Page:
United States v. Parlor, No. 19-30269 (9th Cir. 2021)

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Justia Opinion Summary

After selling two guns to a confidential informant and an undercover agent during a controlled buy, Parlor was indicted for unlawful possession of a firearm by a convicted felon. Agents searched Parlor’s residence and found 21.63 grams of marijuana, $5,000 in cash, dozens of small plastic baggies, digital scales, and another gun. Parlor’s storage unit contained a semiautomatic rifle, a handgun, and ammunition. The handgun had been reported stolen. Parlor entered a guilty plea.

The PSR noted two prior felony convictions of either a crime of violence or a controlled substance offense, recommended a three-level decrease for acceptance of responsibility, and recommended a two-level enhancement (U.S.S.G. 2K2.1(b)(1)(A)) because the “offense involved” three-to-seven firearms, a two-level enhancement (2K2.1(b)(4)(A)) because one firearm had been reported stolen, and a four-level enhancement (2K2.1(b)(6)(B)) for possessing firearms in connection with another felony, drug trafficking. The Guidelines range of 121-151 months was reduced to the statutory maximum of 120 months. Absent the three enhancements, Parlor’s range would have been 57-71 months. Defense counsel did not object to the multiple-firearms enhancement. The court noted evidence that a gun was found in Parlor’s home, close to drugs and drug paraphernalia and that Parlor had “exchanged guns for drugs” in the past with the informant.

The Ninth Circuit upheld Parlor’s 120-month sentence. The district court connected the various firearms to each other and connected Parlor’s possession of an uncharged firearm with another felony offense, drug trafficking.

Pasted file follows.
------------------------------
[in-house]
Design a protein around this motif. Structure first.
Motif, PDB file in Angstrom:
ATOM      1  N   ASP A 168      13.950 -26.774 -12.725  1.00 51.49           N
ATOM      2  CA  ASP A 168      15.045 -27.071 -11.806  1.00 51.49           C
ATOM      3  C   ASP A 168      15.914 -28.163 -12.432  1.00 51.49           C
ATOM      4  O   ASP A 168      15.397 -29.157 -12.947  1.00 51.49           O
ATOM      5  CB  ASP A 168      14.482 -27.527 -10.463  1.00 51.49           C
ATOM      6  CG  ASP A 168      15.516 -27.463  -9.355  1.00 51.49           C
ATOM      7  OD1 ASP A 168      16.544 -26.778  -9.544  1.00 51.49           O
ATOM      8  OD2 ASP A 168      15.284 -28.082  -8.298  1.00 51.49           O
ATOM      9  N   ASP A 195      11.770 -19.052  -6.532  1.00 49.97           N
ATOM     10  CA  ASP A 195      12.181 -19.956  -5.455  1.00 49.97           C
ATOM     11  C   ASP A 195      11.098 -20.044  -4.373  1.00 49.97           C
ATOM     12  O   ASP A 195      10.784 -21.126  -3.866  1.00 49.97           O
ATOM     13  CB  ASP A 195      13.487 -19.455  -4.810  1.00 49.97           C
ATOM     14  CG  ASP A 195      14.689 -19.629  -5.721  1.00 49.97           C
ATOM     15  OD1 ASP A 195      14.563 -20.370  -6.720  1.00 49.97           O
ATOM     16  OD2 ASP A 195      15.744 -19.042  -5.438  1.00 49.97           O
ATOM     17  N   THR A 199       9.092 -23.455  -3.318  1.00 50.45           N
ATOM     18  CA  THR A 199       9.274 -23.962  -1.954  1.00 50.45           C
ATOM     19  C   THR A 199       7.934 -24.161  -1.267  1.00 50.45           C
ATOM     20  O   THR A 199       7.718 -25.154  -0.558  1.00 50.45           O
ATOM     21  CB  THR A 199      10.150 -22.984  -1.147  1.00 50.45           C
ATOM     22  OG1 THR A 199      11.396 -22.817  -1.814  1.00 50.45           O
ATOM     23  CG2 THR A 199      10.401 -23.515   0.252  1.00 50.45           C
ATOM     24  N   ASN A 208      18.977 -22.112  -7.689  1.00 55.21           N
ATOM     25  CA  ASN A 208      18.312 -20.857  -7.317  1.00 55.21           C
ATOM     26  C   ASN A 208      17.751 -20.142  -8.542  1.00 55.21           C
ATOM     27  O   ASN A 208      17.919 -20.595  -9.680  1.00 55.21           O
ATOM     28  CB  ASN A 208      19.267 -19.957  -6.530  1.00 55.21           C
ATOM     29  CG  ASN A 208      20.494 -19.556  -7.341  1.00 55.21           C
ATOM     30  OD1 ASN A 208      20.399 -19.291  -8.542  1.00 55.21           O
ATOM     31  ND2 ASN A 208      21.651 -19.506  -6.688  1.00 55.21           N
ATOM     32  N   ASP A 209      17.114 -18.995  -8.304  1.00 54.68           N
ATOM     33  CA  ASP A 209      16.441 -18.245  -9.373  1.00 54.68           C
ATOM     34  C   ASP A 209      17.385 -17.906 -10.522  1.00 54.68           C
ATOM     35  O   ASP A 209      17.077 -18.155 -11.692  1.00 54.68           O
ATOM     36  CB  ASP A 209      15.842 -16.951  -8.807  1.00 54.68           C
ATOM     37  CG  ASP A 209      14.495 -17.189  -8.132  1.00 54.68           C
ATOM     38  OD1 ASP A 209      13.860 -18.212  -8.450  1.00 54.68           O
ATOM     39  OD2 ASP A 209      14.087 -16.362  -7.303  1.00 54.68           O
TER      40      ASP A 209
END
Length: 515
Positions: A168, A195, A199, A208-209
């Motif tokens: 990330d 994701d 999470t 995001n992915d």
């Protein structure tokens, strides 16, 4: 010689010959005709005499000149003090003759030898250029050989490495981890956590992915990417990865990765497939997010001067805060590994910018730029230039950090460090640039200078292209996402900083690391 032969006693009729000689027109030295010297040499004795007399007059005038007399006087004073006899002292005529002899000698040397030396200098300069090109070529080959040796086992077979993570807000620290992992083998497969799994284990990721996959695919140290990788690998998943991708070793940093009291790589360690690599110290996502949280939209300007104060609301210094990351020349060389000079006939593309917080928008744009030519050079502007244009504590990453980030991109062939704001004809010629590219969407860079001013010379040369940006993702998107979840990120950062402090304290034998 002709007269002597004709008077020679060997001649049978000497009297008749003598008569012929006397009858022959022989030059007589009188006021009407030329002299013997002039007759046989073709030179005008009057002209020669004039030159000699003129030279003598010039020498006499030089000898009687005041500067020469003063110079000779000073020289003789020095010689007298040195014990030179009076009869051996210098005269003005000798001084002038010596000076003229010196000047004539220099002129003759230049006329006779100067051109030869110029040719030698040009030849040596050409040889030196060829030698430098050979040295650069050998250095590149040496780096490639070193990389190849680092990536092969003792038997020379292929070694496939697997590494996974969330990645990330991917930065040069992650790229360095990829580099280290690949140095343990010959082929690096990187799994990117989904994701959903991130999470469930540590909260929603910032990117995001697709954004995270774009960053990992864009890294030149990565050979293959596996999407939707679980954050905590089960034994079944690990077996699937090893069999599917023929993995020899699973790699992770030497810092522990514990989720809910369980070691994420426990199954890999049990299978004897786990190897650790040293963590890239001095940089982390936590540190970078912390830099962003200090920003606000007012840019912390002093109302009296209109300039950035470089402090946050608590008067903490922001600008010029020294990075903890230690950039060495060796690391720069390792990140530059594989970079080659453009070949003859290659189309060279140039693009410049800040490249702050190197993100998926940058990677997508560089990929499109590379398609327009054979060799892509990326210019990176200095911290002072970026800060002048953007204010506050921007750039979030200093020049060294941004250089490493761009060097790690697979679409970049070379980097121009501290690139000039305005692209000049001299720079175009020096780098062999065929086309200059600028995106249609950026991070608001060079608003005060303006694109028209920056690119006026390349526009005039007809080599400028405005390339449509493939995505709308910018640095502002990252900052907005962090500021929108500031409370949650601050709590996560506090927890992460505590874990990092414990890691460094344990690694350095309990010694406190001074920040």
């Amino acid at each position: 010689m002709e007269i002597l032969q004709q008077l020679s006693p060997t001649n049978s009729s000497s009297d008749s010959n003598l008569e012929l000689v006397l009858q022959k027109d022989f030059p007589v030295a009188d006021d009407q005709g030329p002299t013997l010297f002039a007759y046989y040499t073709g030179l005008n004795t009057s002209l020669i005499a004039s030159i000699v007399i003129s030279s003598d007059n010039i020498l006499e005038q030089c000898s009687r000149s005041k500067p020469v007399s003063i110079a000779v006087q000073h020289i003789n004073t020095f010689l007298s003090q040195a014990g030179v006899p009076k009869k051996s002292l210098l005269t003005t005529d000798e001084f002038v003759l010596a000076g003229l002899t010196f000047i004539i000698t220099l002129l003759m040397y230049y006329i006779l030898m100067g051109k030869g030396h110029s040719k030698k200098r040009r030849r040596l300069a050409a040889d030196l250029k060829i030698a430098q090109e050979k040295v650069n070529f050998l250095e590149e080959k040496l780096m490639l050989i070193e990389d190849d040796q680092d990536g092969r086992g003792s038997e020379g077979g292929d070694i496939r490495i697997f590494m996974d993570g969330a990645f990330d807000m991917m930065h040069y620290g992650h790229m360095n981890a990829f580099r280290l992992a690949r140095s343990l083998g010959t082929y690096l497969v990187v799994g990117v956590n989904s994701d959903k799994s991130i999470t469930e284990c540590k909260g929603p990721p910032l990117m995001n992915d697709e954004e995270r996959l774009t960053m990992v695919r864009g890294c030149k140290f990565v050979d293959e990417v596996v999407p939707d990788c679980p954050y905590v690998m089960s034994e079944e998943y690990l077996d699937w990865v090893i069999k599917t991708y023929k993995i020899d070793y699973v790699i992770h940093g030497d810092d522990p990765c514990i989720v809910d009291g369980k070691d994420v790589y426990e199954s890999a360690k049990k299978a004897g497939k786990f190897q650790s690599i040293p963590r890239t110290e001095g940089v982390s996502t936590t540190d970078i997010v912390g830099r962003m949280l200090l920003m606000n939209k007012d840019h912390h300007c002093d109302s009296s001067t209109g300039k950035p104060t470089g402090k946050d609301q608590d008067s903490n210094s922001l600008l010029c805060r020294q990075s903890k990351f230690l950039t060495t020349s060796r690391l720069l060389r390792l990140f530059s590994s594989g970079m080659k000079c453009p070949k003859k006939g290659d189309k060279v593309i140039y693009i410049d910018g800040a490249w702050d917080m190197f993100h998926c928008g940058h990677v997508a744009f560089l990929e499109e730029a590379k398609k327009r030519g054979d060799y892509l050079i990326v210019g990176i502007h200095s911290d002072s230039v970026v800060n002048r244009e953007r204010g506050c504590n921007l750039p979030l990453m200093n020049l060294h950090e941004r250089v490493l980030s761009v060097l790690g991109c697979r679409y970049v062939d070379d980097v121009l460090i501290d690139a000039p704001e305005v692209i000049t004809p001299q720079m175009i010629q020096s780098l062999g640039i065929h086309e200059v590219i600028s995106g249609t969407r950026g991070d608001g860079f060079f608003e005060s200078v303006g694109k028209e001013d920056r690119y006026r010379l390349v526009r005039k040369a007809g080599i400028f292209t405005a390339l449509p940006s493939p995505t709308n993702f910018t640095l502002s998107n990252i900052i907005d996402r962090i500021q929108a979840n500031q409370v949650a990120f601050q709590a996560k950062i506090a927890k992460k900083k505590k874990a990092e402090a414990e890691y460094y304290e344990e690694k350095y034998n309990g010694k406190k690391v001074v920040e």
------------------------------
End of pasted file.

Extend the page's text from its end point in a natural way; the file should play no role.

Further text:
Court Description: Criminal Law. Affirming a sentence for unlawful possession of a firearm by a felon in violation of 18 U.S.C. § 922(g)(1), the panel held that the district court properly imposed three sentencing enhancements: a two-level enhancement under U.S.S.G. § 2K2.1(b)(1)(A) because the “offense involved” three to seven firearms that were “unlawfully possessed;” a two-level enhancement under § 2K2.1(b)(4)(A) because one of the firearms had been reported stolen; and a four-level enhancement under § 2K2.1(b)(6)(B) for possessing firearms “in connection with another felony offense, drug trafficking.” The panel held that the district court properly imposed the multiple-firearms enhancement under § 2K2.1(b)(1)(A) because three firearms found during the search of defendant’s house and storage unit were sufficiently connected to his earlier possession of the two firearms for which he was charged. The panel concluded that defendant’s possession of the three firearms was “relevant conduct” under U.S.S.G. § 1B1.3 because it was part of the same course of conduct or common scheme or plan to possess firearms unlawfully, despite an eleven-week interval between the sale of the two charged firearms and the searches that yielded the three additional firearms. UNITED STATES V. PARLOR 3 The panel held that the enhancement under § 2K2.1(b)(4)(A) was justified because there was sufficient evidence showing that the handgun found in defendant’s storage unit was stolen when it was listed as stolen in the FBI’s National Crime Information Center database. The panel held that the district court properly imposed an enhancement under U.S.S.G. § 2K2.1(b)(6)(B) on the basis that defendant possessed a revolver (uncharged) that was found near drugs and other drug paraphernalia in his house, and a confidential informant made a statement about previously purchasing drugs from defendant in exchange for a gun. The panel concluded that the district court permissibly determined that defendant’s unlawful possession of the revolver was conduct relevant to the charged firearm offense. The district court also permissibly determined that defendant possessed the revolver in connection with the felony offense of drug trafficking because the revolver was found in close proximity to both the drugs and the drug paraphernalia. The panel held that the district court did not abuse its discretion in treating the confidential informant’s statement as corroborative. The panel further held that the district court did not plainly err in failing to apply a heightened “clear and convincing” standard of proof because the aggregated enhancements more than doubled his Sentencing Guidelines range. Dissenting, Judge Berzon wrote that Commentary accompanying the Sentencing Guidelines strongly suggests that illegal possession of additional firearms, standing alone, is not enough to satisfy the requirements for relevant conduct. Further, even if possession of all of defendant’s firearms was relevant conduct, the district court abused its 4 UNITED STATES V. PARLOR discretion by finding that defendant was engaged in drug trafficking by relying on hearsay without establishing its reliability. Judge Berzon wrote that a single statement by a probation officer in defendant’s presentence report that a confidential informant had disclosed to federal agents that he/she had purchased narcotics from defendant and traded a firearm for narcotics with him in the past was an insufficient evidentiary basis for determining that defendant was engaged in drug trafficking.